“Experimental music is a bit different from all the other music,” Plenevaux goes on. “It’s very precise and not easily accessible, so you need someone to carry and introduce you. Especially because there was no specific place where you could go if you had an interest in that kind of stuff. I felt that between the end of the eighties – a blooming period for the Brussels scene – and the early nineties, there was a moment where everything was just floating a bit. There still was a strong current of new wave among the older generation, whilst my generation was more into indie music. You had punk spots like the old Magasin 4, and there was Botanique, who were more adventurous at that time. AB was closed, Beursschouwburg had just re-opened and VK* was there too. Some of their stuff was touching the experimental field, and there was the Ars Musica festival, but that was a bit too academic for me at that time. There was no mixture like we have nowadays,” Plenevaux remarks. “For example, the Brussels-based label Les Disques du Crépuscule released really audacious and fresh sounding records. They were sometimes experimental, but also had a vocation for pop music, like Antena. For me, they had a very emblematic way of thinking, they didn’t stick to one genre. They took a bit of everything and used it in a certain mindset. Marc Hollander’s Crammed wasn’t limited to one genre neither, they mixed everything. People in Brussels in the nineties had the same attitude: they would go see a punk show and then afterwards go dance in a club. That’s when I got into electronic music too: Aphex Twin, Sabres of Paradise, µ-Ziq. You have to understand that Brussels was and is a small city, and musical tendencies wouldn’t come here in full effect like in really big cities. People would listen to all sorts of music – they had no choice if they wanted to nurture themselves. So I have always had the impression that, around me, people were clued in and eclectic,” Plenevaux observes by way of explaining the influence Brussels exerted on her musical inclinations. “People didn’t choose one camp or cult. We would simply gather around an idea of music.”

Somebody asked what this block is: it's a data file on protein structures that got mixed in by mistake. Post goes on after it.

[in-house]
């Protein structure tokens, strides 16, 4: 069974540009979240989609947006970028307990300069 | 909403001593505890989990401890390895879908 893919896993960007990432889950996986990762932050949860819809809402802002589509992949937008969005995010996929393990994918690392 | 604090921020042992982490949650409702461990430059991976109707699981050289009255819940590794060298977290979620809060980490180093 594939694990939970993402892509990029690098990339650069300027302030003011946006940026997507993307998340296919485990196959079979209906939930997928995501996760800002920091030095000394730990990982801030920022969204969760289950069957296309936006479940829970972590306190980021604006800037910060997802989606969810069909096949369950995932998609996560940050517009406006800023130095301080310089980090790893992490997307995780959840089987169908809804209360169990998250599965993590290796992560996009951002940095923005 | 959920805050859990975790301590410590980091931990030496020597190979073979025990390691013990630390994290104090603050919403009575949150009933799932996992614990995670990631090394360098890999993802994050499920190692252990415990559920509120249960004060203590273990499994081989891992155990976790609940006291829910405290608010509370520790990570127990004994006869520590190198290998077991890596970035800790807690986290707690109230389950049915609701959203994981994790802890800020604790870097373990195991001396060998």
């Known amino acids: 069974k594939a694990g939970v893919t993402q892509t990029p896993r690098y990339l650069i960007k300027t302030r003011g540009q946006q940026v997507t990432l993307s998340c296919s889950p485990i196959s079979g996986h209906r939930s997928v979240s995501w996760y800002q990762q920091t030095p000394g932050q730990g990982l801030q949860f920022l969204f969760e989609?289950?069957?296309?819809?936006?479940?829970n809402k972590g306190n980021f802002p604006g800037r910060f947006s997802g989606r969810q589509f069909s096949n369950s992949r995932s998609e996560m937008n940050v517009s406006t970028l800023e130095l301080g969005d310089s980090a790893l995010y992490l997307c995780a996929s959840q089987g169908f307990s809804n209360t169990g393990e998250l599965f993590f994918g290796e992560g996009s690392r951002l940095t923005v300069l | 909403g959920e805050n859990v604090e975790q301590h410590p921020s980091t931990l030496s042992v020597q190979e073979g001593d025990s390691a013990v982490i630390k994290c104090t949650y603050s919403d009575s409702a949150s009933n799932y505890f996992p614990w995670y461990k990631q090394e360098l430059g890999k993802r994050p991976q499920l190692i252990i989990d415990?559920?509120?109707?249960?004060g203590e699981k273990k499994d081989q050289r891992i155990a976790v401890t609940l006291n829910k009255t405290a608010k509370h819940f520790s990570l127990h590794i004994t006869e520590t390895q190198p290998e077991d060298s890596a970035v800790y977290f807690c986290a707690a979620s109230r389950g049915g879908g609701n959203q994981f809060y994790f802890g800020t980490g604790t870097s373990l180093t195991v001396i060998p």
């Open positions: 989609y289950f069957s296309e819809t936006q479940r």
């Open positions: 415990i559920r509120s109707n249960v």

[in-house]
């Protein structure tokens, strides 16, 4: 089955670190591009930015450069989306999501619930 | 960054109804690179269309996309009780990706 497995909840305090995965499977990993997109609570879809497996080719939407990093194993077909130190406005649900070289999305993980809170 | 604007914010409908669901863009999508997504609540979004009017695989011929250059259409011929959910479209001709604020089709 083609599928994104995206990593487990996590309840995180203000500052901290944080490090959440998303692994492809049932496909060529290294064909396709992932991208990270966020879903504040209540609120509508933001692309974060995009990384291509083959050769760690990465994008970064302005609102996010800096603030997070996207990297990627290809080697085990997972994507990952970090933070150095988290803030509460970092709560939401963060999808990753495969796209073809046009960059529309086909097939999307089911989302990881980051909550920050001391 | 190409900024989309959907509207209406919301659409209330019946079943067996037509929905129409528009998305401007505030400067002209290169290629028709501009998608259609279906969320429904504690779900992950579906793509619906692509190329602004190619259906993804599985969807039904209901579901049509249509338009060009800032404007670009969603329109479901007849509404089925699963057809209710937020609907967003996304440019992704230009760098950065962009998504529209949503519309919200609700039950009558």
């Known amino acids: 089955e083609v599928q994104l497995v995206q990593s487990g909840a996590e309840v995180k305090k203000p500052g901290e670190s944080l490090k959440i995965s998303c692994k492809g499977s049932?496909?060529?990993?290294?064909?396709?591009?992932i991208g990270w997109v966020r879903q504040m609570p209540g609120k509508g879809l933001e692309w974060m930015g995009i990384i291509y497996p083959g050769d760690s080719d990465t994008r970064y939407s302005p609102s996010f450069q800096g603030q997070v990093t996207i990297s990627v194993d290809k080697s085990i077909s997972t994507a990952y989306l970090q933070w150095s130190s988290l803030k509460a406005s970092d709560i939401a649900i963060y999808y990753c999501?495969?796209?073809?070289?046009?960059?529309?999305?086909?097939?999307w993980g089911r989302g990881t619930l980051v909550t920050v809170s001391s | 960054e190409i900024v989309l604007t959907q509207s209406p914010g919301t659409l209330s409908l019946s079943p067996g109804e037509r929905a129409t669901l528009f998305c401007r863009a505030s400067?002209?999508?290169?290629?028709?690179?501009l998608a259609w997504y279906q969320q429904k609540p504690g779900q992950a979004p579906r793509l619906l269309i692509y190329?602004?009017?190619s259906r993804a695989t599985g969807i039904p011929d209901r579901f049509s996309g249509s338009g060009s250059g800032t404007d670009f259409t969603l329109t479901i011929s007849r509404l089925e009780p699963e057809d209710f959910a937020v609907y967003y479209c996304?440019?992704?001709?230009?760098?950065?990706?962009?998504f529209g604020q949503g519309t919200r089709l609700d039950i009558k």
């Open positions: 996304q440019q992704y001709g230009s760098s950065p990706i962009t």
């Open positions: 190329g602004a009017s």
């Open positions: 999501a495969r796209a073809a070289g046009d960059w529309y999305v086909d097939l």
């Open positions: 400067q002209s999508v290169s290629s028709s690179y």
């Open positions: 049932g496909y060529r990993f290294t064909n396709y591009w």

So why did she only start running her label nearly ten years after university? “The idea of a label had been with me for a long time, but it was intimidating. For starters, I didn’t have the money. After my studies, I worked as a librarian, which was badly paid. I struggled to pay my bills so I started studying accountancy and after a couple of months, found a job in an office on the outskirts of Brussels,” she explains. And so it is that, for the past ten years now, Plenevaux, the founder of one of the most slept-on record labels in Belgium, has been working as an accountant. “It’s the compromise I made,” she says, explaining her choice. “All of a sudden I had enough money, so the decision to finally go for my label dreams was an easy one.” The first record Plenevaux put out was a 7” single by her old classmate and friend Benjamin Franklin, back in 2008. Since then, she’s released 20 records and all but one of them have been 7” singles, although Plenevaux claims that this is “not some sort oft fetishism. Not for vinyl nor the 7” format. It has to do with my personal love for the short format, an extremely difficult but also very gratifying discipline in music. As an editor, it allows records to come out relatively fast and stay fresh. The making of an LP can easily take a year but for me, a record comes from a desire at a certain moment, with a certain artist. It’s a privileged moment, but it has to be done in six months, or I lose my interest in the project – not in the artist though.”